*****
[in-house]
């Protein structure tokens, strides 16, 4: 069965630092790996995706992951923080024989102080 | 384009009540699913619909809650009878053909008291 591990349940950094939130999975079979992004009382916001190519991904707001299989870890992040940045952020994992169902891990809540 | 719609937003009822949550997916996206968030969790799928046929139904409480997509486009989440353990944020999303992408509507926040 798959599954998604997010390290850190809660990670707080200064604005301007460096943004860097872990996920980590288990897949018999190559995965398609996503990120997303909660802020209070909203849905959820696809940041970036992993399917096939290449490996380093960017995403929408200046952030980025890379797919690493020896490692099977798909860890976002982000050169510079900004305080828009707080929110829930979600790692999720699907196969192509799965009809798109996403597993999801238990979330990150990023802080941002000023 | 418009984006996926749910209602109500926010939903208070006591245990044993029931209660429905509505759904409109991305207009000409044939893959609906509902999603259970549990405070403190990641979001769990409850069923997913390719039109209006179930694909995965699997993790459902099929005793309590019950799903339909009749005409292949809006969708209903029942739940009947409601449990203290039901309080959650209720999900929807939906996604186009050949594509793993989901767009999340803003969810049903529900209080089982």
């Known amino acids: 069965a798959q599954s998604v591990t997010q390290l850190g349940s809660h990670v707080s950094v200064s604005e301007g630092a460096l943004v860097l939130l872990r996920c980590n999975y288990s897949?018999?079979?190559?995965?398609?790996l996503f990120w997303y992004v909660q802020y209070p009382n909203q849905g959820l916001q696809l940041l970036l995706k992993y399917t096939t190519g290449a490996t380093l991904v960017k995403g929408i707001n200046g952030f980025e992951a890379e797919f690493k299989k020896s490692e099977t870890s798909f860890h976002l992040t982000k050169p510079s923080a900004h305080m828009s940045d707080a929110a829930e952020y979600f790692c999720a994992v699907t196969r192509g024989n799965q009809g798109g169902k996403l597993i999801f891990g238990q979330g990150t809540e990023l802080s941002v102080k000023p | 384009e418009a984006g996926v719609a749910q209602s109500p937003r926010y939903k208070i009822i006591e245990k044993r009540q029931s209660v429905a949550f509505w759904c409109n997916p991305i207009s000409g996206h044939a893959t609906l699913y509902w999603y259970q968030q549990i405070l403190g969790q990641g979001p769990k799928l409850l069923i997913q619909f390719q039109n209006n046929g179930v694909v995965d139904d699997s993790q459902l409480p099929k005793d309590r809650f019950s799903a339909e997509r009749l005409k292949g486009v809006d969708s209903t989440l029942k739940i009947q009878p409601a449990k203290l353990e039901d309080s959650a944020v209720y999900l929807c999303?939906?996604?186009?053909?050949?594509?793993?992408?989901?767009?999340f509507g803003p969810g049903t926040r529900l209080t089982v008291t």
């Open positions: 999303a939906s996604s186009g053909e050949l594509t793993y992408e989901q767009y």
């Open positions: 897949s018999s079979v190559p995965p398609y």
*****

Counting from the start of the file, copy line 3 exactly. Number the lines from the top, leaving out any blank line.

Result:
């Known amino acids: 069965a798959q599954s998604v591990t997010q390290l850190g349940s809660h990670v707080s950094v200064s604005e301007g630092a460096l943004v860097l939130l872990r996920c980590n999975y288990s897949?018999?079979?190559?995965?398609?790996l996503f990120w997303y992004v909660q802020y209070p009382n909203q849905g959820l916001q696809l940041l970036l995706k992993y399917t096939t190519g290449a490996t380093l991904v960017k995403g929408i707001n200046g952030f980025e992951a890379e797919f690493k299989k020896s490692e099977t870890s798909f860890h976002l992040t982000k050169p510079s923080a900004h305080m828009s940045d707080a929110a829930e952020y979600f790692c999720a994992v699907t196969r192509g024989n799965q009809g798109g169902k996403l597993i999801f891990g238990q979330g990150t809540e990023l802080s941002v102080k000023p | 384009e418009a984006g996926v719609a749910q209602s109500p937003r926010y939903k208070i009822i006591e245990k044993r009540q029931s209660v429905a949550f509505w759904c409109n997916p991305i207009s000409g996206h044939a893959t609906l699913y509902w999603y259970q968030q549990i405070l403190g969790q990641g979001p769990k799928l409850l069923i997913q619909f390719q039109n209006n046929g179930v694909v995965d139904d699997s993790q459902l409480p099929k005793d309590r809650f019950s799903a339909e997509r009749l005409k292949g486009v809006d969708s209903t989440l029942k739940i009947q009878p409601a449990k203290l353990e039901d309080s959650a944020v209720y999900l929807c999303?939906?996604?186009?053909?050949?594509?793993?992408?989901?767009?999340f509507g803003p969810g049903t926040r529900l209080t089982v008291t």